Do the Clothes make the Person?

9 Feb

The last day's outfit and other 3 items, ready to hit the back of the closet!

Well, here it is – the last day of my 6 Items or Less project; the first in my year of 30-Day Experiments. Overall I found it pretty easy to get by with only six pieces of clothing for the entire month, even with a work trip to a tropical climate taking almost a week of it and lots of cold weather days here in Austin. The main drawback was I got a little tired, sometimes, of those same clothes over and over; but nothing about the project was hard. Having a set few items to choose from when dressing each morning certainly made things simple!

I wrote about my experience, about midway through it, on Austin City’s Best. And if you’re interested in signing up for the next 6 Items or Less experiment, they plan to do 4 or 5 more rounds this year, so just go to the website and sign up for email notifications about the next registration.

There has been a lot of discussion among the 6 Items community – known as Sixers – about how we define ourselves with fashion, and through shopping. I really liked what one Sixer, Joolie from the Netherlands, had to say about this topic:

I don’t need a hippie outfit to advertise to people that I care about the earth when I can just recycle and ride my bike to work. I don’t need my clothes to show people that I care about art or theatre if I am actually at a museum or performance. I guess I am confronting the question that came up recently, about what am I trying to convey that I can’t do with my 6 items, or with the wardrobe that I already have. But it is more than that. What am I trying to convey that I can’t do by myself, with my action and words, rather than using my wardrobe as some sort of scrubbed up representation of me?”

Now that my first 30-Day Experiment is behind me, I am moving on to the next one – my Giving Project. Starting tomorrow, for the next thirty days I will give something every day. It might be a monetary donation to a nonprofit, it might be volunteer hours, it might be items that I donate to Goodwill or the local shelter. It could be something as simple as buying lunch for a person who needs it or just doing something nice for someone and see what that brings back to me.

By the way, if anyone who’s following along with me on my journey is interested in participating with me on the Giving Project, feel free. The more giving the better. Add a comment below to let me know; I also have a little poll below to gauge people’s interest level in participating, please weigh in!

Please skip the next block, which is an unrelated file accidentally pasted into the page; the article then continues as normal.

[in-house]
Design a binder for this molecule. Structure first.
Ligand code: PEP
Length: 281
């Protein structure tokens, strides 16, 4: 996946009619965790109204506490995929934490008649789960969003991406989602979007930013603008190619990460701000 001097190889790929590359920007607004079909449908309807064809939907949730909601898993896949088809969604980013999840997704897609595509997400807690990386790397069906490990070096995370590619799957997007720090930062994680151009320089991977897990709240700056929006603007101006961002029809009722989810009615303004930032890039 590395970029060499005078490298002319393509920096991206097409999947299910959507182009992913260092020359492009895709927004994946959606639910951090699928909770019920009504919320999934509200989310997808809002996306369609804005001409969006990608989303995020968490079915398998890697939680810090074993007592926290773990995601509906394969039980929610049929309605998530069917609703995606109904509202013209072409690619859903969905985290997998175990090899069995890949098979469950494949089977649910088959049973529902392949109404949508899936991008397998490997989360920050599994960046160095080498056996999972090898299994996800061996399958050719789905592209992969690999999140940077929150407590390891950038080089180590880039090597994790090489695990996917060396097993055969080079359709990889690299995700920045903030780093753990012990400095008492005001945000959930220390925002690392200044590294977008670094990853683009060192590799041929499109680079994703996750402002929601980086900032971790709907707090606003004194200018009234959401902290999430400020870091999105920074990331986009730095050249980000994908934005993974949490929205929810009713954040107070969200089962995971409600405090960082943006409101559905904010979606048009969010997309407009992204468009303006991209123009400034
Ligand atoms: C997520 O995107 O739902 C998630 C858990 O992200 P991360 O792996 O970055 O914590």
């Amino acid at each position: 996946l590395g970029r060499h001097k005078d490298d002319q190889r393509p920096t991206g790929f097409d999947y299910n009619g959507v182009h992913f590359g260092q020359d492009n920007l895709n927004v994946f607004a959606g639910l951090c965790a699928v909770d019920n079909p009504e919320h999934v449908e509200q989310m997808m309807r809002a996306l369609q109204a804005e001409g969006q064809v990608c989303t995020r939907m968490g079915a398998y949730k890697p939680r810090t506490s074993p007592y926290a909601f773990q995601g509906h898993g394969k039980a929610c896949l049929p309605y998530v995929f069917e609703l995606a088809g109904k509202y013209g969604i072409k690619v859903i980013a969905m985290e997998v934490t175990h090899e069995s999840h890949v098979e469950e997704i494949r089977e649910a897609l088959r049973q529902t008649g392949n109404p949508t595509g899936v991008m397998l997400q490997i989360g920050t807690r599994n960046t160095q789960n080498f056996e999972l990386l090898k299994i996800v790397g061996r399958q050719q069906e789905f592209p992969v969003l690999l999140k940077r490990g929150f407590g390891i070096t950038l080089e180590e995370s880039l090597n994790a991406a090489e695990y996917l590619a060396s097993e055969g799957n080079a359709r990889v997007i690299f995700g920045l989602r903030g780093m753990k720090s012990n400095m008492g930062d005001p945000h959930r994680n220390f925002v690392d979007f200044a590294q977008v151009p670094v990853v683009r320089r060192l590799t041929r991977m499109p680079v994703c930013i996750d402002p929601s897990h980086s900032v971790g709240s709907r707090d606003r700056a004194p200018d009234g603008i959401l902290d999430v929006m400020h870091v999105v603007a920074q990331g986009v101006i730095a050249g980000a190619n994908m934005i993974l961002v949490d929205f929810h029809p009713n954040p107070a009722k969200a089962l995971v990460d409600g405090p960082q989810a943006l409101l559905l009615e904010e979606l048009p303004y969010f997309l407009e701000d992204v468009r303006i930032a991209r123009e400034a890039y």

Peace in Giving,

5 Responses to “Do the Clothes make the Person?”

  1. Jeanine February 9, 2011 at 2:54 pm #

    I think my six may hit the back of the closet, too. Well, actually, there are only three pieces I am going to keep, but I will definitely need a break before wearing them again.

    Enjoy your next challenge! I will be doing the 30 for 30 Remix as a warm-up for Project 333 in April and blogging about it all, of course.


  2. Laura S February 9, 2011 at 3:49 pm #

    I was wondering if accessories made any difference for you on the Six Items project? I love the new idea Shelley, giving back, or kind of like “Pay It Forward”. I’m starting to volunteer with two new groups this month and I’m so excited!

  3. Shelley Seale February 9, 2011 at 4:19 pm #

    Hey Laura,
    Accessories did make it more creative and fun, but it didn’t “change” the outfits in my experience, in any major way. But I did make more use out of accessories than I normally do, since that was a way to make the same clothes less boring to me.

    I’m glad you like the new idea, I’m excited too. What groups are you volunteering with?

  4. Stylemadesimple February 24, 2011 at 1:16 am #

    Clothes do not a person make. Some of the great figures of history dressed like slobs. I agree with raravis and her comment.


  1. The Results « 30 Days at a Time - January 2, 2012

    […] busiest day was on February 9th, with 409 views of my post, Do the Clothes make the Person?. This was from my first challenge, the Six Items or Less […]

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